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Old 03-10-2009, 03:52 PM   #1
ScottM
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Default A newbie question on color

First, let me say it only took a week of lurking to decide I needed to jump into this forum. I've checked out a bunch of other sites, and this forum has impressed me.

I'm on my 3rd batch of beer. First was the simple ale kit that came with the homebrewer's kit I purchased. Not bad, not great, I made a lot of mistakes, but ended up with a drinkable "beer" (in quotes on purpose). Second batch I attempted a wheat beer, and the mistakes snowballed into 2 exploding bottles, and an undrinkable sludge that was poured down the drain. Batch 3 was the continental pilsner kit from Better Brew. I just moved to the secondary, because it was done fermenting, but due to work commitments I won't be able to bottle for a couple days. As a result my spare fridge is now a lagering fridge for the next week. The beer looked good and tasted fine, but this brings me to my question: Each batch I've done seem's to be on the darker side compared to what I expected for the style. Is this the result of the ingredients (I've used both LME and DME in the batches)? Or is this just typical for homebrewing?

Thanks for any input, and Happy Brewing!

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Old 03-10-2009, 03:54 PM   #2
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I think extract brew by nature is darker.

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Old 03-10-2009, 03:55 PM   #3
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It's typical for extract brewing. The stuff caramelizes resulting in slightly darker colors. Try doing a late extract addition, putting the bulk of your extract in the boil for the last 10 minutes. I tend to go 40 percent at the start of the boil and 60 percent in the last 10 minutes. Color is still a bit darker. It's mostly unavoidable with extracts.

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Old 03-10-2009, 04:08 PM   #4
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I would agree with both of the previous statements. It is due to the extract. In my limited experience it doesn't seem to affect flavor, just apperance. Last night I opened my first bottle of an expermental batch of belgian wit. I compared it to a Avery Brewery White Rascal. It was darker, but had the exact same taste (which is over the top in coriander). I did expect the strong coriander taste as I mistakenly put .75 oz of "ground" coriander seed in the boil. I later found out that I should not have ground it. It was a 2.5 gallon batch to boot. It is a dead on White Rascal clone, but that is not excatly what I was going for.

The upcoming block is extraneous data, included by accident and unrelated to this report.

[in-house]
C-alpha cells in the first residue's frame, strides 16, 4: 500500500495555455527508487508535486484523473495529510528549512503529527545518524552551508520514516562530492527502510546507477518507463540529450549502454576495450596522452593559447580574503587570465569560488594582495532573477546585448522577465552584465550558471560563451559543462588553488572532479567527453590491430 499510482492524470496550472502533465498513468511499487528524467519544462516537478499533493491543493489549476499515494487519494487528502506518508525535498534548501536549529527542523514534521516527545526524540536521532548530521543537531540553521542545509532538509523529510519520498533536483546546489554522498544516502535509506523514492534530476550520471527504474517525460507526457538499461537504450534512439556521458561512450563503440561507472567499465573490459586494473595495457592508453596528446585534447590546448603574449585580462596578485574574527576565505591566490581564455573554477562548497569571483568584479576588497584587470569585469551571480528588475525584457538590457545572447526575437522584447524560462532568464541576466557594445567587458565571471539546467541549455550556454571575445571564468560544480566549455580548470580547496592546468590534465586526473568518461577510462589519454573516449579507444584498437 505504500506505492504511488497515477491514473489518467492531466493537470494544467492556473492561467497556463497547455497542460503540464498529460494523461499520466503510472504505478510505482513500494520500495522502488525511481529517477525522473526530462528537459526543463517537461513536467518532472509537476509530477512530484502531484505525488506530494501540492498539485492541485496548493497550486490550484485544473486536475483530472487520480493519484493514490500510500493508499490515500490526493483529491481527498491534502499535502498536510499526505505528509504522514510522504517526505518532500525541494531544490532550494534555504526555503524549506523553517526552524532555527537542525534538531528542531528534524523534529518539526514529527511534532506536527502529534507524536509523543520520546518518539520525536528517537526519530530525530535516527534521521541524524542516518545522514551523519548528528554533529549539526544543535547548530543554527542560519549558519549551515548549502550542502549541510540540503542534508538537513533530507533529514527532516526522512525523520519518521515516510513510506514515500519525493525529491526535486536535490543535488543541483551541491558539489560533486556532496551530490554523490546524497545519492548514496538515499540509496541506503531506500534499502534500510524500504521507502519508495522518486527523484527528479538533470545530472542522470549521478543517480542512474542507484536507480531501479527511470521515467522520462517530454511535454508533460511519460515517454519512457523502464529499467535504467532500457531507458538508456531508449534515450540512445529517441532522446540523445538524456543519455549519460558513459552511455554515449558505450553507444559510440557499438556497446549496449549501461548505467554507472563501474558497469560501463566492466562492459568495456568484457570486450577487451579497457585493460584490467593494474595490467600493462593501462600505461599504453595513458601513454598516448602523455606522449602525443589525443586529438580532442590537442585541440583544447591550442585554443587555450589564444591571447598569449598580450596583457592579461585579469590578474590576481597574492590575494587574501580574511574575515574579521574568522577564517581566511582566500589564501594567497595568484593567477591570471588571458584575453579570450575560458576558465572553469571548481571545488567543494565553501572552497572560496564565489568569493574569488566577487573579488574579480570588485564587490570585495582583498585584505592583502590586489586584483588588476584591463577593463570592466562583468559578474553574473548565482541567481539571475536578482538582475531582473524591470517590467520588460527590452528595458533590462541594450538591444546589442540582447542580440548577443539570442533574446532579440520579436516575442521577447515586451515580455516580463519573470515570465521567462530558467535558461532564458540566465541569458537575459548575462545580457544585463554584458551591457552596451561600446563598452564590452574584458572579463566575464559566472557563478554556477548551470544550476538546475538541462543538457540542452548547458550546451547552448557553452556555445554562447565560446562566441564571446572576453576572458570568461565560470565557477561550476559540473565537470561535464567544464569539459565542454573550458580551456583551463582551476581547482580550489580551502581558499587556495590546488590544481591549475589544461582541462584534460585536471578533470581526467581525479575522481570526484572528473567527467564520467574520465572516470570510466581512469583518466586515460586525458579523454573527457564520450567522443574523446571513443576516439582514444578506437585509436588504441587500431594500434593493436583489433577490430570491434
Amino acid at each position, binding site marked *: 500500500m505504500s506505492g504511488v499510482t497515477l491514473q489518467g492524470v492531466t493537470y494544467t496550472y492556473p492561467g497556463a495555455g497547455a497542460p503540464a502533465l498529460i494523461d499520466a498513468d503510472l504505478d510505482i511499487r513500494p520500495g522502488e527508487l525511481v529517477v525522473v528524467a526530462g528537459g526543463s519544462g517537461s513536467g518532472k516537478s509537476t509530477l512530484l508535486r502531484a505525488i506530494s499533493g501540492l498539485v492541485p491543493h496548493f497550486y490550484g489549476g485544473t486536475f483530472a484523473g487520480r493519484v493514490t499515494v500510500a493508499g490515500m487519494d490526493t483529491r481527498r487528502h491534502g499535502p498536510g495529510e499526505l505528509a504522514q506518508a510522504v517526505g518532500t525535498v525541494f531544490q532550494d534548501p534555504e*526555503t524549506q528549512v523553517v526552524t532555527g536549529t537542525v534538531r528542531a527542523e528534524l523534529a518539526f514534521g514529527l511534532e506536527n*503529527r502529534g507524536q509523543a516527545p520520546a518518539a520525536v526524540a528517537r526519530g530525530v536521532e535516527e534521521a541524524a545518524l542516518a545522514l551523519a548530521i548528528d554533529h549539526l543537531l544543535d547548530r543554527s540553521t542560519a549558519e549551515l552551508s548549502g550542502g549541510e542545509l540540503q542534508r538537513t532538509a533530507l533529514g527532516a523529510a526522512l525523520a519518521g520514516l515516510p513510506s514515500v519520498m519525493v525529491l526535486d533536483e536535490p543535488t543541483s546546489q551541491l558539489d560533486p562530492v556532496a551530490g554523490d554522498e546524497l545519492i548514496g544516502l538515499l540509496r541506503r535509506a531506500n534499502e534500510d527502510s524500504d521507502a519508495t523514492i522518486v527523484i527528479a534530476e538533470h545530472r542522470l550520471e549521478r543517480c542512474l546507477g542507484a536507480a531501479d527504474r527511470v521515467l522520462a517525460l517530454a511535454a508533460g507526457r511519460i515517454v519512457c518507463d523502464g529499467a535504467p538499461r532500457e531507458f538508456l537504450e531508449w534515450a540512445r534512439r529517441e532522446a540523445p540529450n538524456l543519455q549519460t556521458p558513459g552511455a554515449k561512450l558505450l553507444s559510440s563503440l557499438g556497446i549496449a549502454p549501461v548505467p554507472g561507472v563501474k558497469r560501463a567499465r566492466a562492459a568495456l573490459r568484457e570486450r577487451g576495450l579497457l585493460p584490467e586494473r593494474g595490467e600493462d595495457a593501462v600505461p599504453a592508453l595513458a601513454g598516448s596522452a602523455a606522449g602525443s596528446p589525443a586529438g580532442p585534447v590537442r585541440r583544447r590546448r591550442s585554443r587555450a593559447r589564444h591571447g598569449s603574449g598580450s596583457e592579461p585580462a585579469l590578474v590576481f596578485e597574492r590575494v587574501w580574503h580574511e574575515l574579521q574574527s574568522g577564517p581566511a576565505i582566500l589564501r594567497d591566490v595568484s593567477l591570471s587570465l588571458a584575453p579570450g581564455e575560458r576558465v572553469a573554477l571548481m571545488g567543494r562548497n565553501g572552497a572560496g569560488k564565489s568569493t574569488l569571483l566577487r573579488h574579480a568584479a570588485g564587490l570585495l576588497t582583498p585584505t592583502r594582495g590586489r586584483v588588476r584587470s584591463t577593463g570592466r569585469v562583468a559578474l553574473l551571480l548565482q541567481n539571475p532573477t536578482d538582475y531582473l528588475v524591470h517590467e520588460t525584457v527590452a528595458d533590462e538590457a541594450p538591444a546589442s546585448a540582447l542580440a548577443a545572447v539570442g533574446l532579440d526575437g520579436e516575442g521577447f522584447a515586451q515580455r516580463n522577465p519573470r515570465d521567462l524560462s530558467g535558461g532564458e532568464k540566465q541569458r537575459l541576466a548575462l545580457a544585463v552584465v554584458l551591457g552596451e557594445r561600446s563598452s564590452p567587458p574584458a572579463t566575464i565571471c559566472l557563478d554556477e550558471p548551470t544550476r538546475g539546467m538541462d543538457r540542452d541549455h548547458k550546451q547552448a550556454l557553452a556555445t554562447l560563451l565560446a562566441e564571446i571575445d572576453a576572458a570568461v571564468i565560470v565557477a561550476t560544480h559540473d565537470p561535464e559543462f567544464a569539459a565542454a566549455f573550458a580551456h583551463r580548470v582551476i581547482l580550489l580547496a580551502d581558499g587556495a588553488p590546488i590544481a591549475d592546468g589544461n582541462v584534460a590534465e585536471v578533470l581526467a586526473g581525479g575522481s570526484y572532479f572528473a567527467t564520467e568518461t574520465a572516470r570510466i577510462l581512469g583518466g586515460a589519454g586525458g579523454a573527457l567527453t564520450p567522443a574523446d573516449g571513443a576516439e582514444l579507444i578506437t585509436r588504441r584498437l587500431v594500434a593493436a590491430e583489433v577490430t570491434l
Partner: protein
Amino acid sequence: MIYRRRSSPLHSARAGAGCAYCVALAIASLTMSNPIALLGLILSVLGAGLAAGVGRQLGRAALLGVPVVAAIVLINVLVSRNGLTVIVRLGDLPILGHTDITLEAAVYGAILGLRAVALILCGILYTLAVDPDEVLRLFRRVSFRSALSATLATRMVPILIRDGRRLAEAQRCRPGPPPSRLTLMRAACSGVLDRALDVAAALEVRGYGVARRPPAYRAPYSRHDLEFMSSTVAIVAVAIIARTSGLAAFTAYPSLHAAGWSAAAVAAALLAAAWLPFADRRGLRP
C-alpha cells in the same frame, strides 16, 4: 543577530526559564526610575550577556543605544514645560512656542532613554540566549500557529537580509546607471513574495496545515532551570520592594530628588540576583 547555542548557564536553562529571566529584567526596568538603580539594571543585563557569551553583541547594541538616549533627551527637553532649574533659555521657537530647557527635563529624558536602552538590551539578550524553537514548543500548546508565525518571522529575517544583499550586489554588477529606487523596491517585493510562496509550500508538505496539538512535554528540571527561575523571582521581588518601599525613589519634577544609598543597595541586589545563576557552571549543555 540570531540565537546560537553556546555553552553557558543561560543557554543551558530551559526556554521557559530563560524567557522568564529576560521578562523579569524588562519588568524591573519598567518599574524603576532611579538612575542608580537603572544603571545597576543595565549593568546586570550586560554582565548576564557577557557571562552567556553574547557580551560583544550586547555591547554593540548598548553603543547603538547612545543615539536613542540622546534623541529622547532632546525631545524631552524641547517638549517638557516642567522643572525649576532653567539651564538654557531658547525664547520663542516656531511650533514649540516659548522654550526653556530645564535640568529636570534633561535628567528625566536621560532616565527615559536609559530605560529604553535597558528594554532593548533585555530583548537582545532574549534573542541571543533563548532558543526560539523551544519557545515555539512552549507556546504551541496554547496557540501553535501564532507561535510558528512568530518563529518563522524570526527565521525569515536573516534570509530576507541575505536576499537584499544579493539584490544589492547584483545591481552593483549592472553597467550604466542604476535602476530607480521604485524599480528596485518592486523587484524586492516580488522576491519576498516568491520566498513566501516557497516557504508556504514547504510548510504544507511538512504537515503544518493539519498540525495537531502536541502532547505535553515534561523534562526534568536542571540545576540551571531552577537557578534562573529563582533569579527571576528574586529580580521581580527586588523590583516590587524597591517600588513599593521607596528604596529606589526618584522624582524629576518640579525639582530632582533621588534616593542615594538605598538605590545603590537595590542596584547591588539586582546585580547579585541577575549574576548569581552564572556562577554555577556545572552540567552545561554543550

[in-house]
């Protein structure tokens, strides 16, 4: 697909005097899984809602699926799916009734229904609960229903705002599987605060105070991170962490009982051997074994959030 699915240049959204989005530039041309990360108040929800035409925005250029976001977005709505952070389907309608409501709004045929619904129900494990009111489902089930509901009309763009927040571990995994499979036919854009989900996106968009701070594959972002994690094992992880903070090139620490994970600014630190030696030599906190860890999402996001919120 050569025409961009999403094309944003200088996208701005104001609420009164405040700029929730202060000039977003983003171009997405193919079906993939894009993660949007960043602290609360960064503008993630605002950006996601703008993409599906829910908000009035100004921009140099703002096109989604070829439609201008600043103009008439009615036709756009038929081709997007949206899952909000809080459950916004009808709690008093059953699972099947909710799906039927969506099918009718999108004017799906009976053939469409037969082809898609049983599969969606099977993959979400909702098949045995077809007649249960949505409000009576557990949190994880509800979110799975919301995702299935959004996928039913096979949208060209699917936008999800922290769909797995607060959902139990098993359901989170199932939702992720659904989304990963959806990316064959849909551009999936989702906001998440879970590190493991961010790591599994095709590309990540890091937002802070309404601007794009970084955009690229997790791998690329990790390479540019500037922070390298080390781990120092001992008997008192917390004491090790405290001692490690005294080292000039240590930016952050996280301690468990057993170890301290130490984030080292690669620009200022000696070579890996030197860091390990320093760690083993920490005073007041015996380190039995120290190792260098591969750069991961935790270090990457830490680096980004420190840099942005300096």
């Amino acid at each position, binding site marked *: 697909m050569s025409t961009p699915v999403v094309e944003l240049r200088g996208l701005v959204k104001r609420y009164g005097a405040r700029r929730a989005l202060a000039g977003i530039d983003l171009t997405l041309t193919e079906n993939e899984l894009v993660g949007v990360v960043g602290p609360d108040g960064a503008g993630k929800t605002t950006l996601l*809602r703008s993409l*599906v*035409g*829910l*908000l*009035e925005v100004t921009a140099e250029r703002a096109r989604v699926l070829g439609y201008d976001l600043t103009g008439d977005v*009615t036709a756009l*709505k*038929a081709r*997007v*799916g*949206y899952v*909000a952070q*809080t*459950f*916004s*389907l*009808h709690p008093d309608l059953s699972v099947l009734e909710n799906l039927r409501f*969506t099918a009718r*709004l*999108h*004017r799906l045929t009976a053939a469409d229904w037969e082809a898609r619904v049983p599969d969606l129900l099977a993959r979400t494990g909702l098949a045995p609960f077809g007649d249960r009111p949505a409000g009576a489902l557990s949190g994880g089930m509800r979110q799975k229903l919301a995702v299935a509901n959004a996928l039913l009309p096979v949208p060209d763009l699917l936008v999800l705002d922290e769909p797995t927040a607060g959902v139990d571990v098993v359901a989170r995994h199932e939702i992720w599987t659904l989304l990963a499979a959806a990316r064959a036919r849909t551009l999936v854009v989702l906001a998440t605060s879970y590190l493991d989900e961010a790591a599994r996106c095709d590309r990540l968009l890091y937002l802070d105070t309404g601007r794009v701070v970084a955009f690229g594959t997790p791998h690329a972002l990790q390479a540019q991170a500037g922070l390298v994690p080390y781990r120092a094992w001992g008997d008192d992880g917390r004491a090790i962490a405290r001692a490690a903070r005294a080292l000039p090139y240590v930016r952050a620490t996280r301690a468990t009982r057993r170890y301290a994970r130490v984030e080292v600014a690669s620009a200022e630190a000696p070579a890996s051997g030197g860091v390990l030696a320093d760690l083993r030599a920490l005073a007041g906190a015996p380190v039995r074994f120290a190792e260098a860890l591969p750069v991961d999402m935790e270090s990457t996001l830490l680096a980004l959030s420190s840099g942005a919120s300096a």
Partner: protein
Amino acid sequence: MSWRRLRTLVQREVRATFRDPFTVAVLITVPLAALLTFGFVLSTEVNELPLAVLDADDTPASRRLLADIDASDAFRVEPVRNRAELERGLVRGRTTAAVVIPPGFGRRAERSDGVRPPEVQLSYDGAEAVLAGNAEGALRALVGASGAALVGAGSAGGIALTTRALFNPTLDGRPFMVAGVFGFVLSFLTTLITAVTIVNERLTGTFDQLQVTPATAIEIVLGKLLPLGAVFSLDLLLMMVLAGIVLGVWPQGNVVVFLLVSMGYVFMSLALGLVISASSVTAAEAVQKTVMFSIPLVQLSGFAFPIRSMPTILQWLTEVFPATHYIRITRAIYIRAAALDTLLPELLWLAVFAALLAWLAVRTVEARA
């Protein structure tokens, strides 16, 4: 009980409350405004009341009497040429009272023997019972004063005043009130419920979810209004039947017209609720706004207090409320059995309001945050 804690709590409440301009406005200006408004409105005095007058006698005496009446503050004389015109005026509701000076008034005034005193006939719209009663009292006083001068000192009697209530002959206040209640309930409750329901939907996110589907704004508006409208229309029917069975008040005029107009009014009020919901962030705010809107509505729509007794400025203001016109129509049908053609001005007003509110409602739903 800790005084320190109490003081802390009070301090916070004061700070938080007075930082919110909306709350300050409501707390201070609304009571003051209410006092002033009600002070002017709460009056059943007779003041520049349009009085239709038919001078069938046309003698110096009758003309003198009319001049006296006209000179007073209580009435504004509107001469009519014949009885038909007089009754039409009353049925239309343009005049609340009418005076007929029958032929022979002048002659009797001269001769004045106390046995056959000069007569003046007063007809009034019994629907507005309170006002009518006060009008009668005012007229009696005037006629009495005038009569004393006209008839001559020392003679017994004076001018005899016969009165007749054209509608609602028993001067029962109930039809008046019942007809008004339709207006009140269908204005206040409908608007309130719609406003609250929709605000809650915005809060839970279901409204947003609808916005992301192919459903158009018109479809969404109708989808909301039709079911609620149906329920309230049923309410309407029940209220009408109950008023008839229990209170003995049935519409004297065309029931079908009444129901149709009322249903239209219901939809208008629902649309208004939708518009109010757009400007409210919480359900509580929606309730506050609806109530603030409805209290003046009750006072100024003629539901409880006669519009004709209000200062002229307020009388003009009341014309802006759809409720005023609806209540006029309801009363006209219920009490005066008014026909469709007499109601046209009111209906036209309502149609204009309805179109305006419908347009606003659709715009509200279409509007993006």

Anyway just an example to show you.

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Old 03-10-2009, 05:37 PM   #5
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That's what I kind of assumed. So we can match a flavor profile with extracts, but the only way to match colors would be in an all grain setup.

I'm intrigued on the later addition of extract to help avoid some of the carmelization. Would I save some of the liquid or the dried to add later in the boil?

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Old 03-10-2009, 05:39 PM   #6
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I'm partial to adding LME as the late addition. But that's just me. Stir the living you know what out of it before returning it to the heat so it doesn't carmelize.

That said, I try to avoid LME just because I don't like the goopy mess.

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Old 03-10-2009, 05:42 PM   #7
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Quote:
Originally Posted by ScottM View Post
That's what I kind of assumed. So we can match a flavor profile with extracts, but the only way to match colors would be in an all grain setup.

I'm intrigued on the later addition of extract to help avoid some of the carmelization. Would I save some of the liquid or the dried to add later in the boil?
Yes. for Late Additions, basically just add ~1/3 of the extract at the beginning of the boil and the rest at about the 15-20 minute mark
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Old 03-10-2009, 09:11 PM   #8
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I've switched almost exclusively to DME, late additions and a full boil to keep the color light. A third of it goes in at 90 minutes, the hop schedule starts at 60 minutes and the rest of the DME goes in at flame out. There is plenty of heat in five gallons of wort to pasteurize the remaining DME after the boil is complete and you'll get zero carmelization.

Tom

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Old 03-11-2009, 03:50 PM   #9
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Very interesting Figbash, I'll have to try this on my next batch.

Thanks for all the input, everyone.

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